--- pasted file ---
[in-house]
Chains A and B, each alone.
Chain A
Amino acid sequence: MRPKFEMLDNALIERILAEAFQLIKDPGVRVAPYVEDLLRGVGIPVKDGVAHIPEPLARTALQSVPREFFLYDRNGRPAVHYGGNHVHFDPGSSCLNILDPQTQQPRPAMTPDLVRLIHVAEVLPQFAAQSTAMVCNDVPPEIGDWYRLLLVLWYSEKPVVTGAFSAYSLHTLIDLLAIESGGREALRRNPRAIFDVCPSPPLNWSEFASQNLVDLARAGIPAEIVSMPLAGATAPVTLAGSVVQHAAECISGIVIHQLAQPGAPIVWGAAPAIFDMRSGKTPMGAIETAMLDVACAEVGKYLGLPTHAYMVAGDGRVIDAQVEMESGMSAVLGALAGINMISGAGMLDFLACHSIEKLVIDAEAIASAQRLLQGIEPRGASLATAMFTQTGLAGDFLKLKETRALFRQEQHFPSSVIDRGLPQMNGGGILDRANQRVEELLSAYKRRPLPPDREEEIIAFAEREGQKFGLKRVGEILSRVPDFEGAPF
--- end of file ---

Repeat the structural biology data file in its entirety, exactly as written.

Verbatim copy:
[in-house]
Chains A and B, each alone.
Chain A
Amino acid sequence: MRPKFEMLDNALIERILAEAFQLIKDPGVRVAPYVEDLLRGVGIPVKDGVAHIPEPLARTALQSVPREFFLYDRNGRPAVHYGGNHVHFDPGSSCLNILDPQTQQPRPAMTPDLVRLIHVAEVLPQFAAQSTAMVCNDVPPEIGDWYRLLLVLWYSEKPVVTGAFSAYSLHTLIDLLAIESGGREALRRNPRAIFDVCPSPPLNWSEFASQNLVDLARAGIPAEIVSMPLAGATAPVTLAGSVVQHAAECISGIVIHQLAQPGAPIVWGAAPAIFDMRSGKTPMGAIETAMLDVACAEVGKYLGLPTHAYMVAGDGRVIDAQVEMESGMSAVLGALAGINMISGAGMLDFLACHSIEKLVIDAEAIASAQRLLQGIEPRGASLATAMFTQTGLAGDFLKLKETRALFRQEQHFPSSVIDRGLPQMNGGGILDRANQRVEELLSAYKRRPLPPDREEEIIAFAEREGQKFGLKRVGEILSRVPDFEGAPF